Wednesday, August 28, 2013

Obama's foolish "red line" statement converts Syria from a regional tragedy into a U.S. interest

The most foolish mistake that President Obama has made, I believe, was his statement that if Syria were to use chemical weapons they would be crossing a red line and that we would have to respond to that "game changer." George Friedman points out that this is normally a message from a superior power to a lesser power that although they don't like what the lesser power is doing, as long as they stay on the other side of the "red line" the greater power would not intervene militarily.  
Well, Assad crossed the red line, a couple of times, and now we are all paying the price for Assad's stupid cruelty and Obama's foolish naivete.  Before Obama made his red line statement, Syria was a tragic situation, but had no strategically important interest for the United States. Up to now only humanitarian hawks wanted the U.S. to intervene.

After his red line statement, Syria becomes enormously important to the U.S. and the world. If we let Assad cross the line, then red lines declared by the U.S. become meaningless and future much worse actors (think North Korea with nukes) will cross them as well, and the world will suffer tremendously, and the U.S. will be drawn into terrible wars as a result.

It looks like there are three options.  

First, work like hell diplomatically to move Assad out of office and try to empower the more secular forces inside Syria.  Good luck on that one. Plus, it allows a hard red line to be crossed with no consequences.

Second, punish the Assad regime with a symbolic strike that damages some chemical weapons, or some such thing.  I guess that's supposed to show him that there is a price to pay for crossing Obama's red line. I'm sure he's quaking in his boots.  The world will note that the punishment for crossing the red line is symbolic and not real.

Third, go in with air and ground troops to remove Assad just as we removed Hussein.  We all remember how well that worked out.  Just don't expect gratitude from those we help, nor expect anything other than an Islamic anti-American nutcase government to replace Assad.  Plus, don't expect a reduction in the slaughter, it will increase dramatically, with American soldiers' body count added to the dead and maimed.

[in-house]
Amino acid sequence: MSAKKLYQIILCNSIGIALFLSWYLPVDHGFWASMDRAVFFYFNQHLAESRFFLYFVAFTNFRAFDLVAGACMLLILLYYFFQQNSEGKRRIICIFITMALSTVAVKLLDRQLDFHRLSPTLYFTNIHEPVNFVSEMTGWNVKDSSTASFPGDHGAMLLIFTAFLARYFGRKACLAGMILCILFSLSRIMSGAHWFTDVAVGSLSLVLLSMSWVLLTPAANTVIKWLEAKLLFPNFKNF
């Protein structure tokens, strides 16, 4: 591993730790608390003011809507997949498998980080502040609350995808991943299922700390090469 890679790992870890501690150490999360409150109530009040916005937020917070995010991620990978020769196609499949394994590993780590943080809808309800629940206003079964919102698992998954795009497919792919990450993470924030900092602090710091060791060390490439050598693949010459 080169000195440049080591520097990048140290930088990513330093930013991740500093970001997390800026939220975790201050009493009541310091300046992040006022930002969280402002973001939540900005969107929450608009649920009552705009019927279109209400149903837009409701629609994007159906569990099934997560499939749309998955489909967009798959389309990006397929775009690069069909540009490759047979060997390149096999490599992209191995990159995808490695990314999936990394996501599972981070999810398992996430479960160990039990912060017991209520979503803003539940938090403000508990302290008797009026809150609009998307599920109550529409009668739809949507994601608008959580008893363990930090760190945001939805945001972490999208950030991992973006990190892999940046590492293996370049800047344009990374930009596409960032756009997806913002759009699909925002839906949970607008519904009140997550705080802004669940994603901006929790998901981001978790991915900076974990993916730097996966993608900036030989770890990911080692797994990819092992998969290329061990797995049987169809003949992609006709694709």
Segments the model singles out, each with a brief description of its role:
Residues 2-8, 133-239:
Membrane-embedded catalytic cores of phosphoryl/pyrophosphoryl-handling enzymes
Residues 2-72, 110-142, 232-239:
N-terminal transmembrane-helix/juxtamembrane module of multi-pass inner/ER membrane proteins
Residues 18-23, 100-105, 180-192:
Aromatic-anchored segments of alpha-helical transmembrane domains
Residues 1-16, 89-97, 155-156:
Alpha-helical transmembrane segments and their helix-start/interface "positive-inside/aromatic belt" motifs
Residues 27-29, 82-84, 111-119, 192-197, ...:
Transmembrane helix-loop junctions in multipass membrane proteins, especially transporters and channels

All of the options are terrible - have no effect diplomatically, have no effect symbolically, have a terrible effect militarily that makes things worse and kills Americans.  

I have no idea of how the world gets out of this terrible box.  It just looks to me like the Islamic world is bent on civil wars.  Osama bin Laden kicked it off with an attack on America, Bush took it to the Middle East with invasions, and the Islamic religious factions seem to be unleashing centuries of grievance and hatred upon each other in terrible civil wars.  

My only real hope is that the Arab Spring, better thought of as the Arab Awakening, will become a meaningful force arising from the people themselves to end the tyrannies, and also end the worse tyrannies that want to replace the old tyrannies.  I have a hope for the sprouting of new green secular, inclusive, real democracies rising from the ashes of the religious and tribal wars raging throughout the Middle East.  This has little to do with the United States military, or the United States at all except as an inspiration and a guide.

One can hope.

Tuesday, August 27, 2013

Banks are still dangerously overleveraged

Stanford business professor of finance and economics, Anat R. Admati, reminds us that the financial system has not really been reformed, that the banks that are too big to fail are still too big to fail, too big to regulate, and too big to manage.  They have successfully defeated banking reform in the U.S. and around the world, the world economies are still at risk, and taxpayers will pay if and when their reckless gambling with other people’s money fails catastrophically.  2008 is waiting to happen again.

The one fundamental solution she proposes is to require banks to increase the percentage of equity.   Her key sentence:

“We will never have a safe and healthy global financial system until banks are forced to rely much more on money from their owners and shareholders to finance their loans and investments.  Forget all the jargon, and just focus on this simple rule.”